Third, Paul writes, “The Lord is at hand” (4.5). The expression, “The Lord is at hand” indicates to the Christian that God will always be there for him, even in times of loneliness, anxiety, and depression. Hebrews 13:5 states, “for He hath said, ‘I will never leave thee nor forsake thee.’” It is a great comfort to recognize that God is always by our side and is not going to leave us as long as we don’t leave Him (Romans 8:31-39). With God, there is no problem, trouble, worry, or fear that can’t be overcome, for all things are possible with Him (Philippians 4:13). The Christian is never alone.  He has a “self-help group” the likes of which this world cannot boast!

Fourth, we read, “Be anxious in nothing” (4:6). Anxiety for the things of this life can become a big problem for the Christian. Jesus taught us to understand that God knows the things of which we have need, and He will supply those things if we seek Him and His kingdom first (Matthew 6:25-34). When we start to dwell on the worries and anxieties of this life, let our minds and our actions turn to things of the kingdom. What can we think and do to further the cause of our Lord upon the earth? We can study the word. We can visit the sick. We can help the poor. We can evangelize the lost. There is no shortage of activity. Get involved with other people. Being involved in something goes a long way toward eliminating anxiety that crops up as a result of eating the bread of idleness.

Fifth, Paul states, “but in everything by prayer and supplication, with thanksgiving, let your requests be made known to God” (4:6). Prayer unburdens the Christian from the ceaseless parade of events about which he is concerned, but has no direct control. Prayer provides a means whereby the Christian may exercise a heart of thankfulness to the Creator, Sustainer, and Provider. Prayer provides opportunity for the Christian to divest himself of wrong choices made in the course of the day’s events. Prayer motivates the Christian to act in ways that will improve his relationship with his God and his fellow man. There is much blessing in prayer. Modern psychology acknowledges these activities as being therapeutic and helpful to an individual’s mental state. If we as Christians, would only acknowledge the power of prayer in times of trouble how great burdens would be removed from our weary shoulders and what great relief would be obtained from the troubles of life.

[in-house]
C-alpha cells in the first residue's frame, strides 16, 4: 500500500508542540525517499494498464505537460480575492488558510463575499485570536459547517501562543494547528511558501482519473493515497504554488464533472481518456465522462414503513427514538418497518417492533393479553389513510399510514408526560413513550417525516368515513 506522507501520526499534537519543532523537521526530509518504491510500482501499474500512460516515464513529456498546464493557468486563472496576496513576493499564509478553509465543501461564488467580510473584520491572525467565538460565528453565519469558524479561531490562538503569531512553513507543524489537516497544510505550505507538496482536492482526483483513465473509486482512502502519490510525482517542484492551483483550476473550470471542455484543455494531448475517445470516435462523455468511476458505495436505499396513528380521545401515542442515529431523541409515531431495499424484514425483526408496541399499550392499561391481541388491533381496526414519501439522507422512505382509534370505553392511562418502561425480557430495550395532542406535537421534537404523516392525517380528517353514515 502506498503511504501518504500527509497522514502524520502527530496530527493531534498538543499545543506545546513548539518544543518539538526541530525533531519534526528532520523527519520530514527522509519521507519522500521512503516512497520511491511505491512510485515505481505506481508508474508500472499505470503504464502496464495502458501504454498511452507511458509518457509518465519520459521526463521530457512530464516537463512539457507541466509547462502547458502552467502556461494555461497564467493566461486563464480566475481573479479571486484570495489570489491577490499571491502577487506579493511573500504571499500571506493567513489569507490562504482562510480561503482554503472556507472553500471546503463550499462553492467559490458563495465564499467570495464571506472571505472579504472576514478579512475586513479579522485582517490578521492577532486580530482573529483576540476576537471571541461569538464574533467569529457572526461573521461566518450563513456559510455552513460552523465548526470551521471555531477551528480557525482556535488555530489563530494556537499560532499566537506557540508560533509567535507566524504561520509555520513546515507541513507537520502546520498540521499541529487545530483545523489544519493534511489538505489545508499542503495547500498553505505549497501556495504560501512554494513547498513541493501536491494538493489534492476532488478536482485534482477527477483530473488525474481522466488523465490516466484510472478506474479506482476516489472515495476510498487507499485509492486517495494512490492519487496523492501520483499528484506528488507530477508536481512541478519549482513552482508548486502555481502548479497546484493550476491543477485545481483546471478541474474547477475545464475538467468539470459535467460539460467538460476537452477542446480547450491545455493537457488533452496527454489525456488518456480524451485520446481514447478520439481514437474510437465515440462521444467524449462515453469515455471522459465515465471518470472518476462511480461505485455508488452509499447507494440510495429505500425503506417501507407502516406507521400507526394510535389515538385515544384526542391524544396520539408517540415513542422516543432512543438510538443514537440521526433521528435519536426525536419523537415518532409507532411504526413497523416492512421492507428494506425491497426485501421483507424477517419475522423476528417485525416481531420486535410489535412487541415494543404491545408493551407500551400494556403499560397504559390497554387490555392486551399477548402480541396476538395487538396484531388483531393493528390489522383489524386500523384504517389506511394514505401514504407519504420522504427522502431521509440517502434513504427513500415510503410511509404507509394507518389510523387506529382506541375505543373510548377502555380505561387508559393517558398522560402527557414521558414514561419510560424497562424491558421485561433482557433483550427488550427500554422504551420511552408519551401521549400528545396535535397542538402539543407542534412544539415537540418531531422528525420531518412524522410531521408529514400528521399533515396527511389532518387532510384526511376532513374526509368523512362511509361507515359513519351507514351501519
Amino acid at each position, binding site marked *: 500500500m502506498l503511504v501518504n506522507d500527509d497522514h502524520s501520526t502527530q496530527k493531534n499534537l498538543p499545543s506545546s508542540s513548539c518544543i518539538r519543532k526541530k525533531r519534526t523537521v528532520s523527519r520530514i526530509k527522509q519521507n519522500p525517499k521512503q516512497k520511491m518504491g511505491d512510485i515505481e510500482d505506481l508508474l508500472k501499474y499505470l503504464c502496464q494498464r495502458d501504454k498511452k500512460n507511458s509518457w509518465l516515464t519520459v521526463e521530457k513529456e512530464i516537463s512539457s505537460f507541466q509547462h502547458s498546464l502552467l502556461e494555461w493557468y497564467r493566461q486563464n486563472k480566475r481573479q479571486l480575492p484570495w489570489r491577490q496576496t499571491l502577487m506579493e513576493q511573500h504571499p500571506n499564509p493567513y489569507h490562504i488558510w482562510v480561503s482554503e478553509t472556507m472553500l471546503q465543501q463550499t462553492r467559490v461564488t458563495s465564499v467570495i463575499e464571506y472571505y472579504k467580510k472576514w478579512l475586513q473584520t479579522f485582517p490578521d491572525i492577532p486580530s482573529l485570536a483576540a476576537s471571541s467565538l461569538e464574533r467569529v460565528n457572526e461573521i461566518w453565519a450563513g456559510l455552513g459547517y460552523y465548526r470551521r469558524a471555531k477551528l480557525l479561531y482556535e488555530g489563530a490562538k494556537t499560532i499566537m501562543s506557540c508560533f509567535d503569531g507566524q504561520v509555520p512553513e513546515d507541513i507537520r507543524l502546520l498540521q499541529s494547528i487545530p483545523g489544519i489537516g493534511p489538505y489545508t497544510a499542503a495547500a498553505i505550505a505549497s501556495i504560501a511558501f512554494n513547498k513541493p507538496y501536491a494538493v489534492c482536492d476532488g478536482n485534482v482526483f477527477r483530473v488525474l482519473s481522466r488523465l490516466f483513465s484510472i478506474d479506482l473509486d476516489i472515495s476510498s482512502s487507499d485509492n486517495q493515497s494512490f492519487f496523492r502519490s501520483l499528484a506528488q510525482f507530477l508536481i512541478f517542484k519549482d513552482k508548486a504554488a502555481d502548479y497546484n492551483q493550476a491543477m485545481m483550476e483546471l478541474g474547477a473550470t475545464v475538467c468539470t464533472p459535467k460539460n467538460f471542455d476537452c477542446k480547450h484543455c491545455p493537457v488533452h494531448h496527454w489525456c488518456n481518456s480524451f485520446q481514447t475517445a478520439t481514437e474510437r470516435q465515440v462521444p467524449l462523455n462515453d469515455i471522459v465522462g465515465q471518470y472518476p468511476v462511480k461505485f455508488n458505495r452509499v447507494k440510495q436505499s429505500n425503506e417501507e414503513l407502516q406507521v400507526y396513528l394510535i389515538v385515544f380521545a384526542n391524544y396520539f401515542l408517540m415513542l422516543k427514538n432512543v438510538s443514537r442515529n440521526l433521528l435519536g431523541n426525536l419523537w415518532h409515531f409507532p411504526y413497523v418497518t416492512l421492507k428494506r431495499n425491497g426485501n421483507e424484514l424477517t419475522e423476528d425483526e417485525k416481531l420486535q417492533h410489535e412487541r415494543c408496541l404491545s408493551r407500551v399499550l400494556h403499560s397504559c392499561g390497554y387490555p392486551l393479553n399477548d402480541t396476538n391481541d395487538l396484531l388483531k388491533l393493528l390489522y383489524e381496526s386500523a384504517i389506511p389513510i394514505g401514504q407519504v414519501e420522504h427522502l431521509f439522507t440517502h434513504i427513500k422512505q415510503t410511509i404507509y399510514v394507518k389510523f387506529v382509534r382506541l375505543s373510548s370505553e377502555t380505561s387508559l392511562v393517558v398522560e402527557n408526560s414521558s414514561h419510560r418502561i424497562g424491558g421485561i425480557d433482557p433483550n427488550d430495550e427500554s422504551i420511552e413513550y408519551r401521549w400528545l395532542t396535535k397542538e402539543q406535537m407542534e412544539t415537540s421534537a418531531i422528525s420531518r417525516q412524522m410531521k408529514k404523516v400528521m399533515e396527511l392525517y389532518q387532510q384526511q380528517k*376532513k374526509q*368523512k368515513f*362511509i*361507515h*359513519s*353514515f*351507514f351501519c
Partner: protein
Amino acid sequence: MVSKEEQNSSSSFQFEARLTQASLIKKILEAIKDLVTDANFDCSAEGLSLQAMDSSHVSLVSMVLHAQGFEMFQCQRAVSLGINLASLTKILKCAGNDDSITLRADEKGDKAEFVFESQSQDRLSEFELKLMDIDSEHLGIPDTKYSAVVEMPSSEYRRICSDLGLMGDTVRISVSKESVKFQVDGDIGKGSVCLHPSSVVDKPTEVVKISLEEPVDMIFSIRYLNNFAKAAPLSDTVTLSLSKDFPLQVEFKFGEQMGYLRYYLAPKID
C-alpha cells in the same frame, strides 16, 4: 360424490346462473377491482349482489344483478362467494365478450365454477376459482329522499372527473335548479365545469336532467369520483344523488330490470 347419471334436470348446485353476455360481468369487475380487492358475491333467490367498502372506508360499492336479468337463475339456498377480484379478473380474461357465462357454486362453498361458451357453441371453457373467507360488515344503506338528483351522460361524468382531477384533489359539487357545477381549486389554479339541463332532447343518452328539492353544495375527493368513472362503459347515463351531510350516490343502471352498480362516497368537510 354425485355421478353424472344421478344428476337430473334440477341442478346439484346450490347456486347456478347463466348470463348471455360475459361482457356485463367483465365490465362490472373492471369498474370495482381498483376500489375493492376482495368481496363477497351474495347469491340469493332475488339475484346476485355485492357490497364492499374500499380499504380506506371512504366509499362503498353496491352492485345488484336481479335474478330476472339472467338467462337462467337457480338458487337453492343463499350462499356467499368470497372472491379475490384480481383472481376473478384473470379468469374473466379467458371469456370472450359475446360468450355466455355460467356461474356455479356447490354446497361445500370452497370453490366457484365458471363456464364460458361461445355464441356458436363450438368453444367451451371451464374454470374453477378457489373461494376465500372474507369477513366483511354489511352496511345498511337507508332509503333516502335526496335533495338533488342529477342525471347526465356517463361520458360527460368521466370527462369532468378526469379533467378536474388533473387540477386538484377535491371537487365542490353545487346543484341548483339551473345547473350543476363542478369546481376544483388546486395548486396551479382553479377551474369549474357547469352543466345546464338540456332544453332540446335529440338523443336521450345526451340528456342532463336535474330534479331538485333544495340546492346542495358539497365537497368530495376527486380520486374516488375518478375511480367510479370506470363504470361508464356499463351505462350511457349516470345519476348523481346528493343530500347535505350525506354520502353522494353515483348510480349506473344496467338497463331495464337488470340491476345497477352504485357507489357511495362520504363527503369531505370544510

The conclusion of enacting these first five exercises in one’s life is this: “and the peace of God, which surpasses all understanding, will guard your hearts and minds through Christ Jesus.” There is a certain peace that comes through understanding and applying these five principles in one’s life. The peace that God gives “surpasses all understanding;” one’s abilities alone cannot provide the type of peace that God provides. God’s peace defies the human intellect because ultimate peace in God depends upon one’s faith in God that comes from hearing the word of God (Romans 10:17). Faith is always presupposed for having a healthy mind. Without faith, nothing avails to bring peace to our souls. The heart and mind of the Christian will only be guarded through Christ Jesus.

Sixth, “Finally, brethren, whatsoever things are true, whatsoever things are honest, whatsoever things are just, whatsoever things are pure, whatsoever things are lovely, whatsoever things are of good report; if there be any virtue, and if there be any praise, think on these things” (4:8). One must love God with his mind! (Matthew 22:37). The exhortation is not to just let one’s mind randomly drift upon anything that comes along, but to deliberately concentrate upon good things. What happens between someone’s two ears is under his control! All of his thoughts, feelings, and emotions! One must take responsibility by confessing his own sinful thoughts such as envy, hatred, vengeance, and malice. Only by taking ownership through repentance can He then give them to God and experience forgiveness.  Worry, anxiety, depression, and despair are emotions fueled by sinful thinking. When one accepts responsibility, takes control of his thinking, and fills himself with these good thoughts, there will be no more room for the sinful. It is a fight and struggle to battle these things, but one must bring his focus back upon the true, honest, just, pure, lovely, good, and virtuous. One of the great failures of modern psychology is that while it can help someone understand what he is thinking and bring him to a greater awareness of his thoughts, it cannot provide ultimate content for thought. Only the gospel provides the content – Christ Jesus!  We must focus our minds upon Him, His life, His love, His humility, His sacrifice.  In so doing, we can fill our life with the good things that God created for us.